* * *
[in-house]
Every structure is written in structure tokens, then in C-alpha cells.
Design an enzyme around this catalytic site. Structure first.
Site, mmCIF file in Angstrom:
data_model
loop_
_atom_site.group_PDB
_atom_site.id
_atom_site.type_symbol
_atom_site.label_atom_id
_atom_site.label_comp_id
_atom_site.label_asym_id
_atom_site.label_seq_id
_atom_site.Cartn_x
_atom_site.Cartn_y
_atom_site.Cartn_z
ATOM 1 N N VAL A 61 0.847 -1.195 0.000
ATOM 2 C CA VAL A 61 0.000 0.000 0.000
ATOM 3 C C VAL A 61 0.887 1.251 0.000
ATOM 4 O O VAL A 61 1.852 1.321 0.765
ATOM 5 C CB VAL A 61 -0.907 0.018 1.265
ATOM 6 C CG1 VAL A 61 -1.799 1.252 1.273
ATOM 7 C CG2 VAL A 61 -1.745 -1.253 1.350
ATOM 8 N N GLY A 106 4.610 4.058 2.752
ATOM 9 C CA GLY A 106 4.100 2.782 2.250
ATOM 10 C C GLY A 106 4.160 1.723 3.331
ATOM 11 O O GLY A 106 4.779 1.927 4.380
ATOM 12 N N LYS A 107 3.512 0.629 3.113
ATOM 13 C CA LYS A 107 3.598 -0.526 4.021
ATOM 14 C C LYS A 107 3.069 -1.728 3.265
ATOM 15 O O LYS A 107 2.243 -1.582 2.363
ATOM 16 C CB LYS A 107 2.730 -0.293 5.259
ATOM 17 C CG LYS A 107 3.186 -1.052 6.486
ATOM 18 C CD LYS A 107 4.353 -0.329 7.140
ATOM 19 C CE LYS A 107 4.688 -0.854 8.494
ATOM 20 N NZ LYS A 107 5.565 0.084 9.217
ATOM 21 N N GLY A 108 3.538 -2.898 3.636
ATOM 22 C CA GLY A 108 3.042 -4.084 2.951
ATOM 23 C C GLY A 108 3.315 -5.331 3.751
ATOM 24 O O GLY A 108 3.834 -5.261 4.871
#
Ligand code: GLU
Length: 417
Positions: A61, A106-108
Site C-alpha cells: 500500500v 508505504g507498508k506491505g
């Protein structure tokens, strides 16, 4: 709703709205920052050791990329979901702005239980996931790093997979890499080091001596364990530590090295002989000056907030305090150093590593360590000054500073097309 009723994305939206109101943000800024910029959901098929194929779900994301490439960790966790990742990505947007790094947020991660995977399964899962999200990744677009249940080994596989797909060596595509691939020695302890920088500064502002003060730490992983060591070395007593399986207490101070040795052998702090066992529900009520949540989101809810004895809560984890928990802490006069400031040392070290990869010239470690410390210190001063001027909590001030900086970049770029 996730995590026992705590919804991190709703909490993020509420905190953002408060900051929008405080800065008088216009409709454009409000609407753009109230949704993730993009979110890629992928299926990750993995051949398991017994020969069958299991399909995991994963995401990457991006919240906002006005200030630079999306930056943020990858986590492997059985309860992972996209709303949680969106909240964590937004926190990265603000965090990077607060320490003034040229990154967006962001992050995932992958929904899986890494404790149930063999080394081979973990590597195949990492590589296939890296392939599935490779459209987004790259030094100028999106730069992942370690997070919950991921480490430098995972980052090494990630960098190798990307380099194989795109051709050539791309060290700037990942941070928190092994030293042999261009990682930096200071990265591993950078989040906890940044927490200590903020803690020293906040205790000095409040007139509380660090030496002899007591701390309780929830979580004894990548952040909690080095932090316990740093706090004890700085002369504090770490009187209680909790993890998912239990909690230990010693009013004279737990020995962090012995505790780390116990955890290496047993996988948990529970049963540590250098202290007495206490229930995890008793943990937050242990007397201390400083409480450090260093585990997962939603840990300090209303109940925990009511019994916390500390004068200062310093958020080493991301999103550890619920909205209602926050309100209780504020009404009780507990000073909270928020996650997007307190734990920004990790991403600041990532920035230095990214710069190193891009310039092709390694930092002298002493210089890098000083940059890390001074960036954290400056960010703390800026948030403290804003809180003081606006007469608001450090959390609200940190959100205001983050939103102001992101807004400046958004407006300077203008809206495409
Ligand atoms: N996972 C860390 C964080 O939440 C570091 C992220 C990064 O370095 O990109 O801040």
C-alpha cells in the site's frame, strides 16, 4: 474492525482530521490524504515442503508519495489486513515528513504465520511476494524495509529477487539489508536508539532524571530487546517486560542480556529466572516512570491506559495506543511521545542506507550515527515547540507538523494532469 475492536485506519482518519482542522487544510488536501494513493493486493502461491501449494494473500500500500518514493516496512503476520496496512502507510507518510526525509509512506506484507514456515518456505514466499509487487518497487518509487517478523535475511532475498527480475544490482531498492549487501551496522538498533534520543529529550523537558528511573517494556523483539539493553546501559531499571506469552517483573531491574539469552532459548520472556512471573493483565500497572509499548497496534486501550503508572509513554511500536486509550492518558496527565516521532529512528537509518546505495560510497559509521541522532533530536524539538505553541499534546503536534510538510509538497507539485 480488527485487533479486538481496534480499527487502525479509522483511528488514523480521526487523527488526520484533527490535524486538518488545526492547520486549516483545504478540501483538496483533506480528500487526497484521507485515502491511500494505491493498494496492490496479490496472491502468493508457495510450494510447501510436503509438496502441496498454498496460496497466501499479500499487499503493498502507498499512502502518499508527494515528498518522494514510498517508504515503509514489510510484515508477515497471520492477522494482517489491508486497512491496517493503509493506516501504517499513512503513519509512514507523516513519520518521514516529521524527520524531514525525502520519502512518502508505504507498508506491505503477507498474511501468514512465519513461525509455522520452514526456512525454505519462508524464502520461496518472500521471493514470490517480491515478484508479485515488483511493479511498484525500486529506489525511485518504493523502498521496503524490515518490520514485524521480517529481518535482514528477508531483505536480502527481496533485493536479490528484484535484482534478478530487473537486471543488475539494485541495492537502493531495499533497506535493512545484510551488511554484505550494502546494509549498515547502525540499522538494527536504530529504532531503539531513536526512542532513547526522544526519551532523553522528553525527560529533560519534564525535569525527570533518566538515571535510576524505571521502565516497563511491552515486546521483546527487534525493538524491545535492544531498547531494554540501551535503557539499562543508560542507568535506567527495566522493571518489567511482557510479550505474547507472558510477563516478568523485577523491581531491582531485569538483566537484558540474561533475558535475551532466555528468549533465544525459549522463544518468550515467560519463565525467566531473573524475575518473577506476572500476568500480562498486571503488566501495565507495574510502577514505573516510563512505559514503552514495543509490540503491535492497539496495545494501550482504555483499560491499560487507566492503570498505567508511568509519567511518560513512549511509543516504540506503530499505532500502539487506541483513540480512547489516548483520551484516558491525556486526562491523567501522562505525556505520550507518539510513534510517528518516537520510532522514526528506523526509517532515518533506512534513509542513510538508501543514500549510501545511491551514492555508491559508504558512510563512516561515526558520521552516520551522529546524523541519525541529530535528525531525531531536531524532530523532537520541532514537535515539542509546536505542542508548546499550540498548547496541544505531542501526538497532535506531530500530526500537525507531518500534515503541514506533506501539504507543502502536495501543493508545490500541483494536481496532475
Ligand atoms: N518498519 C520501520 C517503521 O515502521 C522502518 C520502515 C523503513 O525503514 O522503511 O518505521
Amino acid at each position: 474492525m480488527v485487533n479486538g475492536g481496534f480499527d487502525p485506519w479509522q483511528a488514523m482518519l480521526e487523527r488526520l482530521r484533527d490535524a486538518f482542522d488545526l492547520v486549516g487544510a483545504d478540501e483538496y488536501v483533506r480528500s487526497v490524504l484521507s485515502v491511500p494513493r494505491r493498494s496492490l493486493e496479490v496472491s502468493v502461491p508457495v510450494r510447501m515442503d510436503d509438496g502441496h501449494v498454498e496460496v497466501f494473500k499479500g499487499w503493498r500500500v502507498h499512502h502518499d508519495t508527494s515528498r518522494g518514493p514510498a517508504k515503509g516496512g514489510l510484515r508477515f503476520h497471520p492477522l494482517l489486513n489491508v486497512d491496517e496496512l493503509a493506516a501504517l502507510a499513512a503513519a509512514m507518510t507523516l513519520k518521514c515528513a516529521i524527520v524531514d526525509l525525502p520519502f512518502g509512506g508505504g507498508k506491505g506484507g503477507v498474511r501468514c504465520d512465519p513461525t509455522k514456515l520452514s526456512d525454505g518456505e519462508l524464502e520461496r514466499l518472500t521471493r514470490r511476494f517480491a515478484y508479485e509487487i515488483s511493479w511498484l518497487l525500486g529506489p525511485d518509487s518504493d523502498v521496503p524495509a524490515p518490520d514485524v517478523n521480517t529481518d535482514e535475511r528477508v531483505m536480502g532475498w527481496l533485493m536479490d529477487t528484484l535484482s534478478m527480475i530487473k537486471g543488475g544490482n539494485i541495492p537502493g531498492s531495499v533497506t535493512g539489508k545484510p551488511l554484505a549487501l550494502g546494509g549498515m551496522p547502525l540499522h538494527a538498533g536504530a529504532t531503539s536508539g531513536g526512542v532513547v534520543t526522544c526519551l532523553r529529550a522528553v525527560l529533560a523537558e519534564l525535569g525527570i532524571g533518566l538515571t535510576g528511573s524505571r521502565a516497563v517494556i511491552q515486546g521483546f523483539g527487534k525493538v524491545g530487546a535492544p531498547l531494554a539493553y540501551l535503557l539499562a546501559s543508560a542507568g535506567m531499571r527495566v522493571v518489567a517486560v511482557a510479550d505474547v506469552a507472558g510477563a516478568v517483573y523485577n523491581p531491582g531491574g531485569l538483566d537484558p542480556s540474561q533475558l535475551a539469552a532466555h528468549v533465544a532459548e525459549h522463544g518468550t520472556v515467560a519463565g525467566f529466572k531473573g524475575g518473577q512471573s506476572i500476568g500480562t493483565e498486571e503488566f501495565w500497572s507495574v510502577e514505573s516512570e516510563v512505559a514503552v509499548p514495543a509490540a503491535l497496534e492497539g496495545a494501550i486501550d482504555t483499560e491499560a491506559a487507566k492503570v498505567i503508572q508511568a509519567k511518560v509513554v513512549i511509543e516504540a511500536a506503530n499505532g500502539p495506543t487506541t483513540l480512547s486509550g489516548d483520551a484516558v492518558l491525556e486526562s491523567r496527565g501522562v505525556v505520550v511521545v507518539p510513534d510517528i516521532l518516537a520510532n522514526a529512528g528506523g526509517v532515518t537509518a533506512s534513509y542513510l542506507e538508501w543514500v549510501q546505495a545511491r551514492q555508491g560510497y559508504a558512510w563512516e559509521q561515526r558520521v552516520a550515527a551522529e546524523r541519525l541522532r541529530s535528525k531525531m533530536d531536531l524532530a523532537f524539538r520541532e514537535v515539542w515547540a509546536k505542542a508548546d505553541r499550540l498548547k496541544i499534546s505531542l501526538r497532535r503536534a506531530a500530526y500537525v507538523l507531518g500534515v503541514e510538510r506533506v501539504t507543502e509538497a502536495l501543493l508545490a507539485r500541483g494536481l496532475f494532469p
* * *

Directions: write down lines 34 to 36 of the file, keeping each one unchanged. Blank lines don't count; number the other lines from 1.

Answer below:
ATOM 18 C CD LYS A 107 4.353 -0.329 7.140
ATOM 19 C CE LYS A 107 4.688 -0.854 8.494
ATOM 20 N NZ LYS A 107 5.565 0.084 9.217